Steven Spielberg (E.T., Raiders of the Lost Ark, 1941) recently found himself on The Guardian's Tech Weekly podcast somehow, and Spielberg got down to talking games. He explained that he was very hands-on with the Boom Blox games. Rather than simply conceptualizing and lending his name to these Wii puzzle games, he worked closely with the developers, meeting with them regularly.
Spielberg also had some important, big-time Hollywood thoughts about the future of video games. "Someday we'll be playing directly on our TV sets, bypassing all of the platforms," Spielberg said. He foresees 3D games developed for "a real three-dimensional experience in front of an appropriate monitor designed just for 3D...and after that, virtual reality."
He also compared video games to "parlor games we've played for hundreds of years." It was said as a way of explaining how films and games relate, but perhaps this is an unintentional slight to the industry. Comparing video games to parlor games shows fundamental misunderstanding of video games as an art form. Video games are to parlor games as films are to shadow puppets: Both shadow puppets and films entertain by manipulating light and shadows, but it's very, very difficult (if not impossible) to tell a deep, complicated, artistically satisfying story through shadow puppets. Just as great video games provide a richer, more complex experience than a bridge game or a round of charades ever could.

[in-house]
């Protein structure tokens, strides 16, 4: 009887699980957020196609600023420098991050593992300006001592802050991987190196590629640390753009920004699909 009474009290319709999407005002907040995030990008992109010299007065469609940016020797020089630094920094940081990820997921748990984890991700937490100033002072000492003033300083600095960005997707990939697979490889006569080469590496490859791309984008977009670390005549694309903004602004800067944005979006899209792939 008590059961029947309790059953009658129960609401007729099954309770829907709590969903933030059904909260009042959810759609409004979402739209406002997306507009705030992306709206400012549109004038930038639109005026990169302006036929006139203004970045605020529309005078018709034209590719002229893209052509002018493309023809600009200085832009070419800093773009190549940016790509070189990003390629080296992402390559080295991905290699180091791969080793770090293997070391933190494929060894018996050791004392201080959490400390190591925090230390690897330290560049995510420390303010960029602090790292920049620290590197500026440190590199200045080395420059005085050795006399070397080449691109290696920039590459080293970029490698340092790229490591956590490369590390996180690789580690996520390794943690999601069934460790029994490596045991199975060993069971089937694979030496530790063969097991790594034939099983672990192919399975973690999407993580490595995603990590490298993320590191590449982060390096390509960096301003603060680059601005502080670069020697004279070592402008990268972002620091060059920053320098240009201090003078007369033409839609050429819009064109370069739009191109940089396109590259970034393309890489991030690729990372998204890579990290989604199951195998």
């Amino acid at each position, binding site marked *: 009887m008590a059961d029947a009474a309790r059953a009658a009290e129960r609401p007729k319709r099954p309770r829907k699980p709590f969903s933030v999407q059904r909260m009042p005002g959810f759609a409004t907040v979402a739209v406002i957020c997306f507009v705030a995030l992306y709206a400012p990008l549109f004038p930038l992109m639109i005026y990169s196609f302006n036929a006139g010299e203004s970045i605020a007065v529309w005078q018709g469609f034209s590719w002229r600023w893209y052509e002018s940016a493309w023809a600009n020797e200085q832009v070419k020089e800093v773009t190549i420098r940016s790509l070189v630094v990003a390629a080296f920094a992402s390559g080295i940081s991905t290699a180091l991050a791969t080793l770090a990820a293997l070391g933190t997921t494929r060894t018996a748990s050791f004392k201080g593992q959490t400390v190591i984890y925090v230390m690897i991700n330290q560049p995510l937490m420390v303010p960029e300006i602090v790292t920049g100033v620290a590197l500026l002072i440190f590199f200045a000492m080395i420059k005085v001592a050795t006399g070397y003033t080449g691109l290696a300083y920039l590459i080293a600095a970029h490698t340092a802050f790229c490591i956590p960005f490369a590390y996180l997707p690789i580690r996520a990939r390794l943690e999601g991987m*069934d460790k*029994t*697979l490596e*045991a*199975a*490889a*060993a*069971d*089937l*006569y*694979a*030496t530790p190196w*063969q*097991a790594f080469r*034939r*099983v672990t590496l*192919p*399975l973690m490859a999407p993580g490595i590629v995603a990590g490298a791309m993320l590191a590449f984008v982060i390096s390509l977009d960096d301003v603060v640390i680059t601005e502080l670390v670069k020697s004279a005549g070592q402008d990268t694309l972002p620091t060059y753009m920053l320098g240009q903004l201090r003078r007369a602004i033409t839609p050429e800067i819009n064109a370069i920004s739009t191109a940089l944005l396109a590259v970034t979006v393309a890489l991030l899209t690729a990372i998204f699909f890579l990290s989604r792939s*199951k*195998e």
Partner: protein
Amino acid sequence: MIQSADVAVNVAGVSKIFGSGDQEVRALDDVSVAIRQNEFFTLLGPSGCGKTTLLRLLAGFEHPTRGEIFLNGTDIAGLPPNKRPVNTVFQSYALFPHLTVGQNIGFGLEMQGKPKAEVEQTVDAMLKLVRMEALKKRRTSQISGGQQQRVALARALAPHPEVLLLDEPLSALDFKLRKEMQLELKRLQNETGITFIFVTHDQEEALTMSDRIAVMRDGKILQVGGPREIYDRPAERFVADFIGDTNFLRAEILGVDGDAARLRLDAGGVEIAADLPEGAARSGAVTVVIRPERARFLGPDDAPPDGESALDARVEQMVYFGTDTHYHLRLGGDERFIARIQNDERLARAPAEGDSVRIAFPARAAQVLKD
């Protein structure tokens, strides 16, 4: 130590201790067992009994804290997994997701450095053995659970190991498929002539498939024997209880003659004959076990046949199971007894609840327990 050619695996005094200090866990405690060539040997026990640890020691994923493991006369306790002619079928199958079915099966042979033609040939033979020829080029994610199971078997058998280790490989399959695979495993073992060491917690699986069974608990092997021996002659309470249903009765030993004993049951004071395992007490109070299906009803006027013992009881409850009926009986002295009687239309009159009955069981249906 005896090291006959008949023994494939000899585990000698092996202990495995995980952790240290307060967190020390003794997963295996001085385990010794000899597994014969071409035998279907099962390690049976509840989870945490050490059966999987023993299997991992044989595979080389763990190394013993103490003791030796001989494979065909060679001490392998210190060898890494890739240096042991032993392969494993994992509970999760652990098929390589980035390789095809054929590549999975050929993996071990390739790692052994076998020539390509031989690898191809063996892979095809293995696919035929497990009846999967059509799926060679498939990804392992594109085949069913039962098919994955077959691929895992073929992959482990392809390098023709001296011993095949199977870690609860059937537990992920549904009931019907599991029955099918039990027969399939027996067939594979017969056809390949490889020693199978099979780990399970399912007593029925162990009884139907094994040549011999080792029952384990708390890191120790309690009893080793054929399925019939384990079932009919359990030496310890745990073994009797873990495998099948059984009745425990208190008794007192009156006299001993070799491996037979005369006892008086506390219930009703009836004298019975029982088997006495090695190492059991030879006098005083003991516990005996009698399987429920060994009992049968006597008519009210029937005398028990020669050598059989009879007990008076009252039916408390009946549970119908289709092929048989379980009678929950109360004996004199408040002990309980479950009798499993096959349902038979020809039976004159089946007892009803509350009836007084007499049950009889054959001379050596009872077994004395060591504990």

Maybe I'm reading too much into a simple comparison on Spielberg's part, but it really seems dismissive of video games as an art form. It reminds me of the early days of film, where "serious" people regarded movies as either a passing fad, a novelty entertainment or as a pastime for the morally corrupt. Even the most "enlightened" person in 1914 would probably only concede that films are a watered-down version of theater.
The idea that films were a separate medium as important, versatile and interesting as novels or Opera wouldn't be adopted until a later generation -- a generation that was raised on cinema -- that lived and breathed it-- and so understood film's potential and were able to create great works of art from the medium. You know, film people. Like Steven Spielberg.
All respect to Spielberg, of course. He's among the greatest directors who ever lived, but even if he tried, I doubt he could create a video game comparable to Jaws. He was born at the wrong time. Judging from this statement and from Boom Blox and Boom Blox Crash Party, Steven Spielberg's vision of games is as bright, shiny casual novelties, not complete works of art. Novelties and parlor games are fantastic, of course, but they aren't the games we'll remember.
What do you think? Am I right about Spielberg, or am I just being totally pretentious here?